Creating God, out of the sea of discrimination you called your servant Richard Allen to preach and lead your people, slaves and free, to safety. Guide us to provide safe havens for the oppressed in our midst. In Jesus’s name we pray. Amen.

 

February 14,
Elizabeth Evelyn Wright, 1872 – 1906

Wright dedicated her life to education, even in the face of deadly resistance. She attended the Tuskegee Institute and left to help with a rural school for black children in South Carolina. When the school burned down, she returned to the Tuskegee Institute to graduate. She started many other schools in Denmark, South Carolina, but each was either burned down, blocked, or closed for other reasons. With donations from the Vorhees family, she opened the Vorhees Industrial School for high school age boys and girls, the only school in the area where black children could attend, where she served as principal. The school later affiliated with the Episcopal Church, became an accredited school, and is now one of the historically black colleges in the United States.

Revealing God,  your servant Elizabeth Evelyn Wright brought education to the oppressed even in the face of fierce opposition. Give us the strength to face those who oppose justice and use education to challenge injustice. In the name of your Son, we pray. Amen.

Twenty-Eight Saints: February 11 and 12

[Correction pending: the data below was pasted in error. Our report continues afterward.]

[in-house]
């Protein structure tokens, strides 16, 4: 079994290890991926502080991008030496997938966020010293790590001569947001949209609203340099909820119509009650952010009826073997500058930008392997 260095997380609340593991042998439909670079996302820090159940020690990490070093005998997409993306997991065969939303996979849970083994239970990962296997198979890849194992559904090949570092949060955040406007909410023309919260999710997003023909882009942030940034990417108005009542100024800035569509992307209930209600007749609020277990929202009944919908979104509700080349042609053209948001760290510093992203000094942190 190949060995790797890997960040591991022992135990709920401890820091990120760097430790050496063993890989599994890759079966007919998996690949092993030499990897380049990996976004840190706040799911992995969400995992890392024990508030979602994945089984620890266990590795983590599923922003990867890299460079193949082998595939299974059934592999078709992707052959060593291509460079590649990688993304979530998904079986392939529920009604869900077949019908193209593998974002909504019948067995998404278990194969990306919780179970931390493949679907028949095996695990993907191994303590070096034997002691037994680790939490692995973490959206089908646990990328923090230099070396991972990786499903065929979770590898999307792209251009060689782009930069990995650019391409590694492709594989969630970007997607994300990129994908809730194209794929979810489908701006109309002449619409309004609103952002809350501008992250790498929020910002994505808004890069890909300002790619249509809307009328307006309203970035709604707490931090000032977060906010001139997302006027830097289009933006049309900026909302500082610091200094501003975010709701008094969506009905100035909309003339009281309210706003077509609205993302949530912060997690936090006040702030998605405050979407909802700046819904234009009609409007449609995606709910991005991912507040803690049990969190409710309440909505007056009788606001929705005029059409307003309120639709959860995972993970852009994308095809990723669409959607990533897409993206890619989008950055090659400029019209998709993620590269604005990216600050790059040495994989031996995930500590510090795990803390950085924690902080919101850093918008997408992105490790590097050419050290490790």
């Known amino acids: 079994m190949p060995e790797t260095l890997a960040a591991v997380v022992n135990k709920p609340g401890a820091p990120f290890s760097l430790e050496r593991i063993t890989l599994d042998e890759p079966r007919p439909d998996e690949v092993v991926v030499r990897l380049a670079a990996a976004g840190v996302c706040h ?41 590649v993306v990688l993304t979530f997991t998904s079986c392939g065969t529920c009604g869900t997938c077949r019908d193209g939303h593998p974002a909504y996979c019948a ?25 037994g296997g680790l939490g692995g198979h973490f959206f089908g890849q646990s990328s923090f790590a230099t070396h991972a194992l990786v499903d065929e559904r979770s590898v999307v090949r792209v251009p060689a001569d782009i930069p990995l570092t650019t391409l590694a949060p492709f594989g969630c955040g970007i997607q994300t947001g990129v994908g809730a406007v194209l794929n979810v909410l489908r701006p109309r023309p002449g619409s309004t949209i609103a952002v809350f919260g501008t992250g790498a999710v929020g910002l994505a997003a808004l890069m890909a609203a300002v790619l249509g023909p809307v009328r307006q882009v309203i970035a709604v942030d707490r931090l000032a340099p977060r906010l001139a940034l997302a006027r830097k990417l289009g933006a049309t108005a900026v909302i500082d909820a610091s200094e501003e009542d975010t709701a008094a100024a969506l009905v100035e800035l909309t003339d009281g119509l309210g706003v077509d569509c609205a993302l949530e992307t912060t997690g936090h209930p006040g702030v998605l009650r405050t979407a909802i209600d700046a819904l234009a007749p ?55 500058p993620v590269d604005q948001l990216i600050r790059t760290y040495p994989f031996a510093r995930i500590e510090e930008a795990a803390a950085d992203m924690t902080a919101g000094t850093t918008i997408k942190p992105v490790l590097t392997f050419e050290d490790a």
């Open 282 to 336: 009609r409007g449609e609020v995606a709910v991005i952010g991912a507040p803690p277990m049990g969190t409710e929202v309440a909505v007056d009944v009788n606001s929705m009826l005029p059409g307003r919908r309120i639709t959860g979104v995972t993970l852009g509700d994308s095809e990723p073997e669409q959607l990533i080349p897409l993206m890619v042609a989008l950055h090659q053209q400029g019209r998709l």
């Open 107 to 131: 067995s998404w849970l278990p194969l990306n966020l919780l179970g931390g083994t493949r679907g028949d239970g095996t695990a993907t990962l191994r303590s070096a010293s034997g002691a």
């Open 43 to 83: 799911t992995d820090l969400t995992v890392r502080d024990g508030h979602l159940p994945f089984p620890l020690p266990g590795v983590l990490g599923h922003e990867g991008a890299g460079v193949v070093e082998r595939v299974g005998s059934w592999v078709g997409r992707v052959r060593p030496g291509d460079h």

February in the United States is Black History Month. In honor of that month, each day in February will feature an African-American saint from different periods of the Civil Rights Movements in America.

February 11
Jackie Robinson, 1919 – 1972

Rare is the baseball fan who doesn’t know the name Jackie Robinson. The pinnacle of athleticism, Robinson excelled in school playing baseball, basketball, football, tennis, and running track and field. Robinson gained a reputation in college for standing up to racism, and he continued to excel in sports until he was drafted into the Army during World War II. After he returned to baseball, playing in the Negro Leagues, he was recruited by the Brooklyn Dodgers and sent to the minors, where he encountered resistance to his presence on the team. When he was called up to play for the Dodgers in 1947, he became the first black player in major league baseball since 1880. He continued to encounter racial prejudice from his own team and their opponents, but his presence slowly broke down barriers and made strides for civil rights. After his retirement, he was inducted into the Hall of Fame and his number, 42, was retired league-wide, the first number to be retired in this way. He continued to be an active and political voice in the civil rights movement until his death.

God of talents, you gave your servant Jackie Robinson strength to pursue his dream and strength in the face of discrimination and prejudice. Give us the same strength to confront injustice around us.  In Jesus’s name we pray. Amen.

 

February 12,
Sarah E. Gorham, 1832 – 1894

Little is known about Gorham’s early life, and although her birth year is known, there’s almost no record of her before 1880, when visited some of her family who had moved to Liberia. She spent a year there preaching and tending to the sick. This visit inspired her, and a few years after she returned to the United States, she volunteered to be a missionary in the African Methodist Episcopal Church at the age of 56. She was the first single woman to take this role and served at the Magbele mission in Sierra Leone. She established the Sarah Gorham Mission School to teach both religious and industrial education.

Calling God, you chose your servant Sarah E. Gorman as a missionary to Sierra Leone and moved her half-way across the world to serve. Move us and place us where you need us to be to be your light. In the name of your Son, we pray. Amen.